With a set that was simply not long enough, Words That Burn are a band that have all their ducks in a row and are ready to take on the world, one gig at a time.

For more information on Words That Burn, click here.

A quick stage turns around and some busy footfall from bar to beer garden sees a decent gathering of battle jackets adorned with the likes of Suicide Silence, Bring Me The Horizon and a plethora of metalcore bands, which is a good indication of what’s in store for the next 30 mins. Pain In Vain takes to the stage with all the power of a kinetic storm. One of the youngest bands in this year’s campaign, the Dublin five-piece launch into a chaotic assault of riffs which sparks a flurry of activity from the both the lip of the stage (where frontman Mikey O’ Riordan spits and growls his way through the bands crushing sound) and the sizeable front line who are flexing themselves for a setlist of potential bone breakers.


Pain in Vain delivers their music drenched with infectious energy, bringing the younger attendees to the frontline to flex their muscles. Although a little wet behind the ears, the guys pull off an impressive setlist given their nervous disposition which was slightly evident during the beginning of their performance. Catch them at the forthcoming Siege of Limerick this coming April.


For more information on Pain In Vain, click here.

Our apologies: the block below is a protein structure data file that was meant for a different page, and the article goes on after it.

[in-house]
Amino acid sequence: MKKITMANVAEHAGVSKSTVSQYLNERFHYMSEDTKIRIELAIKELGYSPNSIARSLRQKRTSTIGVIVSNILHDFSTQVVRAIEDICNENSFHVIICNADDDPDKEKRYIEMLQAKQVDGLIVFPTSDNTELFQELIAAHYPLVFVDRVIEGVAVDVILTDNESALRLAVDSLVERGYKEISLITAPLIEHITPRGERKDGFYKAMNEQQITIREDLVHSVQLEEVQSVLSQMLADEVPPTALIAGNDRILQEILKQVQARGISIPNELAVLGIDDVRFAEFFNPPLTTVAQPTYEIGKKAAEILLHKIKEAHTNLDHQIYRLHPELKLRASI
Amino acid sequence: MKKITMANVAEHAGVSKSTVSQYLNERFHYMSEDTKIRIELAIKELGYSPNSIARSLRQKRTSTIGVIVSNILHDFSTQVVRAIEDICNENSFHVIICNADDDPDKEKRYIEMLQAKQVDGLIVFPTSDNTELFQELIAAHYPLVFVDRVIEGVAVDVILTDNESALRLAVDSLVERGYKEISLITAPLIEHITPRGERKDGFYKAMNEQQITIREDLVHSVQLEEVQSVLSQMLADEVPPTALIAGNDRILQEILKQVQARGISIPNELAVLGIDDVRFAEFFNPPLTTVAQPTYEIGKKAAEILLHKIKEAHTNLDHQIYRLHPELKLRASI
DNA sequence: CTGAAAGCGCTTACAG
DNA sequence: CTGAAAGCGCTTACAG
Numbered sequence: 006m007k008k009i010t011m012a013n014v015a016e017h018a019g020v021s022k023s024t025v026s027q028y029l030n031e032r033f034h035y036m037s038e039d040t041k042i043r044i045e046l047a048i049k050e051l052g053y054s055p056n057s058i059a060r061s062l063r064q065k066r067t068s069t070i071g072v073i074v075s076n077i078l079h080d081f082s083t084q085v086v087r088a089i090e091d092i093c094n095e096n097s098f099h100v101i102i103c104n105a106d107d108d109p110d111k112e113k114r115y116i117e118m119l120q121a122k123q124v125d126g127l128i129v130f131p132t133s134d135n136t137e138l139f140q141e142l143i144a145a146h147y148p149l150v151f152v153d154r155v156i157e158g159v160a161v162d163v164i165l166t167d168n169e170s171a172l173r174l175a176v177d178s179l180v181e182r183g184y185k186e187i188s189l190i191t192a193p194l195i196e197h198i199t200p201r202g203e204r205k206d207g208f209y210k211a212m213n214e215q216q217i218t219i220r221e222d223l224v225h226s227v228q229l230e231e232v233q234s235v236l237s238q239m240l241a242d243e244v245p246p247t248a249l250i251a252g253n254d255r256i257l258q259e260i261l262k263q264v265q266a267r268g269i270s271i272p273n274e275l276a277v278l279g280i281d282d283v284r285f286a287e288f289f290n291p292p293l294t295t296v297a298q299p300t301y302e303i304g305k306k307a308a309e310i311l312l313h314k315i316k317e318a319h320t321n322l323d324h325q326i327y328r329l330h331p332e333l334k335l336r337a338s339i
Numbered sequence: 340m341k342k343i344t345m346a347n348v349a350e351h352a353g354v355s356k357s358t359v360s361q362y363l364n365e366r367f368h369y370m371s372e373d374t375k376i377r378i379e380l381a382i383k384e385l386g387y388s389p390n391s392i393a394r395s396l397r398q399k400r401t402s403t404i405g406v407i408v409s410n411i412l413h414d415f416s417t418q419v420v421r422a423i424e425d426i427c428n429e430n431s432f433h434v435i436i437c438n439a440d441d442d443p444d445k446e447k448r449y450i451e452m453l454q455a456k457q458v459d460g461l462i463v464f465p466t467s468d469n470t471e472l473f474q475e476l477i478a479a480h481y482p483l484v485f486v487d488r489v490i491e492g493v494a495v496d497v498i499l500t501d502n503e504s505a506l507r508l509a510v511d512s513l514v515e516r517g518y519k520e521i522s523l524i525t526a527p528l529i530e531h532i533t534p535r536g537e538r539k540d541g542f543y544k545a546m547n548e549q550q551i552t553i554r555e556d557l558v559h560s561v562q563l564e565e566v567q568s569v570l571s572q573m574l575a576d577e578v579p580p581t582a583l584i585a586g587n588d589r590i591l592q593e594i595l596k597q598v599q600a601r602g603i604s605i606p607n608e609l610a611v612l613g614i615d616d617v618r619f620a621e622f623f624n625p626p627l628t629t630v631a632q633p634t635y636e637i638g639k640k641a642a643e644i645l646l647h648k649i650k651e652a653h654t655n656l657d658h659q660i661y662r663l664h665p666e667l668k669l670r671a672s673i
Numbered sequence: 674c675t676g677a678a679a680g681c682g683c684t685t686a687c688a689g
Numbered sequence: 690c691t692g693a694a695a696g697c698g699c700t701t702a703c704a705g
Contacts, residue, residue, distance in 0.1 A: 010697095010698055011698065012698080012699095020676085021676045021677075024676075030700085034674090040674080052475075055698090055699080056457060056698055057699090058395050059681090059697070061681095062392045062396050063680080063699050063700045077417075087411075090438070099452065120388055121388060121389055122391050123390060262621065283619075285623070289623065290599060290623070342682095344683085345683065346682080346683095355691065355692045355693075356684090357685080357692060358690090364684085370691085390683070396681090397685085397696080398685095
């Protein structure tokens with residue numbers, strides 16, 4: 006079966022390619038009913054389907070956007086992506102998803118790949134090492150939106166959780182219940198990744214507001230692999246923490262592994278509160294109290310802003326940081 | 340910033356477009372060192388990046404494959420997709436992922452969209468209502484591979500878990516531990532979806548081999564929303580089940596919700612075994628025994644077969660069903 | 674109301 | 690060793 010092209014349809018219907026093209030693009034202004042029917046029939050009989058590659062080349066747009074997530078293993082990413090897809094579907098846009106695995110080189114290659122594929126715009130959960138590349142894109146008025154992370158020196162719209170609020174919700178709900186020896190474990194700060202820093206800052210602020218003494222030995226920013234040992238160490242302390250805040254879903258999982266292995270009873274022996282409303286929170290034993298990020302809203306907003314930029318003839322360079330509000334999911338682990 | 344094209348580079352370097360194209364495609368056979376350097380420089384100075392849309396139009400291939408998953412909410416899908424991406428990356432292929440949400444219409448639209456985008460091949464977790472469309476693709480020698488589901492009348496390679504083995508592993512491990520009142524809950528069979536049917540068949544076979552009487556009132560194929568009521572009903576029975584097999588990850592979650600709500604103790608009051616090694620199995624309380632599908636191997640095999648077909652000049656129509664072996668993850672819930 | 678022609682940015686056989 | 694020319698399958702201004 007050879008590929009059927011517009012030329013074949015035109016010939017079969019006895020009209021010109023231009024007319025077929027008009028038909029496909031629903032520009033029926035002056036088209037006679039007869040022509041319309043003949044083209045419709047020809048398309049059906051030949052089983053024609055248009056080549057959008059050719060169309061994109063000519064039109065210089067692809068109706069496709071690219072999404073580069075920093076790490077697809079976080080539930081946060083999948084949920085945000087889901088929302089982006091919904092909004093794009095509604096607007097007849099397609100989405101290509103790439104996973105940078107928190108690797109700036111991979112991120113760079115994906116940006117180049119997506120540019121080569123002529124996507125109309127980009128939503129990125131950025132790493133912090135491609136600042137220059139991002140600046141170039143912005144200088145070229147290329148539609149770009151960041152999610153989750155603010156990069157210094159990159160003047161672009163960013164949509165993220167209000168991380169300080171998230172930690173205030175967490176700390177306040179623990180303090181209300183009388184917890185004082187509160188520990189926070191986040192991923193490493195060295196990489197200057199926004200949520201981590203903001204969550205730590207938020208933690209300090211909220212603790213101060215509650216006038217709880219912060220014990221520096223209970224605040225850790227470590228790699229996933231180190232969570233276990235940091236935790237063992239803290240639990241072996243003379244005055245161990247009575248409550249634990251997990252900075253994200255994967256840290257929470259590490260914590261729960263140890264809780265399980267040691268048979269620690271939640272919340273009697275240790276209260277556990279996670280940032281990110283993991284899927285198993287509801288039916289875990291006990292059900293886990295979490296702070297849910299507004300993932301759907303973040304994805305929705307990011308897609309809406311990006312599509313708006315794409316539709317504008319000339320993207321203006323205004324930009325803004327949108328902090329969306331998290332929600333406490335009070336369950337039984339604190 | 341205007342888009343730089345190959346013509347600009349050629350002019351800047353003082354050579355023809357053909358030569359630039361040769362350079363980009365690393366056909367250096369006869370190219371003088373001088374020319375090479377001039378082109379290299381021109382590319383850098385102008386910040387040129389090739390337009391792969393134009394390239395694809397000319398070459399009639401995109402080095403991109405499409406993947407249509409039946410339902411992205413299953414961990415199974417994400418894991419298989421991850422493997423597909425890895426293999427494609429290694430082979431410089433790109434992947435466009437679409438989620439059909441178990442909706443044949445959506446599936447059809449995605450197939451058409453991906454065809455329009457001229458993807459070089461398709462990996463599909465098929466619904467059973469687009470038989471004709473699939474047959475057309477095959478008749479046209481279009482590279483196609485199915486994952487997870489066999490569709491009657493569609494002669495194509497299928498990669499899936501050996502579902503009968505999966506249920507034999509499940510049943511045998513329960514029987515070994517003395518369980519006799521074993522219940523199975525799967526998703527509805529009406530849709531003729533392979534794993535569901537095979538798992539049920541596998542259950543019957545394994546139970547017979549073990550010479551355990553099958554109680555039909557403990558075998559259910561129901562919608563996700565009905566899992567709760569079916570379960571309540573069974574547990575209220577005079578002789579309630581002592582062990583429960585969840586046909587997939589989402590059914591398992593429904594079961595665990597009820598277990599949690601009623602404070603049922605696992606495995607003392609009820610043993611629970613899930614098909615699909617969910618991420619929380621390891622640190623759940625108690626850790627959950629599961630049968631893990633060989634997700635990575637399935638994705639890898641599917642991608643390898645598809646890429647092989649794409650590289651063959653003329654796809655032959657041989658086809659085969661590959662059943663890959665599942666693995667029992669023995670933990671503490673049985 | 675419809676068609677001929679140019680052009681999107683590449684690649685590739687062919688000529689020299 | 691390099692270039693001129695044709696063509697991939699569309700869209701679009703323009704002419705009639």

With the final band of the night gearing up for their crack at the whip, the chat amongst the venues punters reflects on the range of genres that we have been treated to across the evening. With a plume of dry ice and the notorious ‘slime’ green lights glowing from the stage, Mother Mooch kick off their groove based fuzz-out brand of stoner rock and it’s just what is needed as we approach the midnight hour. Front-woman Chloë Ní Dhúada drives the ship with her captivating presence and smooth vocals that are as rich as a dark chocolate and as smooth as a fine wine. The desert breeze of winding riffs that emanates from Sid Daly’s SG take the venue on a journey to the peaks of Mother Mooch’s universe and beyond.


Last year’s debut ‘Nocturnes‘ provides the band with a meaty setlist that seduces the Fibber’s audience, keeping the punters fluttering in front of the stage like moths to a gas lamp. A perfect finish to a sensational evening of top quality Irish metal.

With tonight’s crowd vote going to openers, Crooked Edge, the always painful debate of the judge’s vote was a particularly tough one this evening with the decision narrowly going to Mother Mooch who will proceed to the semi-final’s in April.



For the full exclusive gallery for Bloodstock Metal 2 The Masses – Heat 4, check out the gallery below. All images by Down The Barrel Photography © 2017.

Oran O’Beirne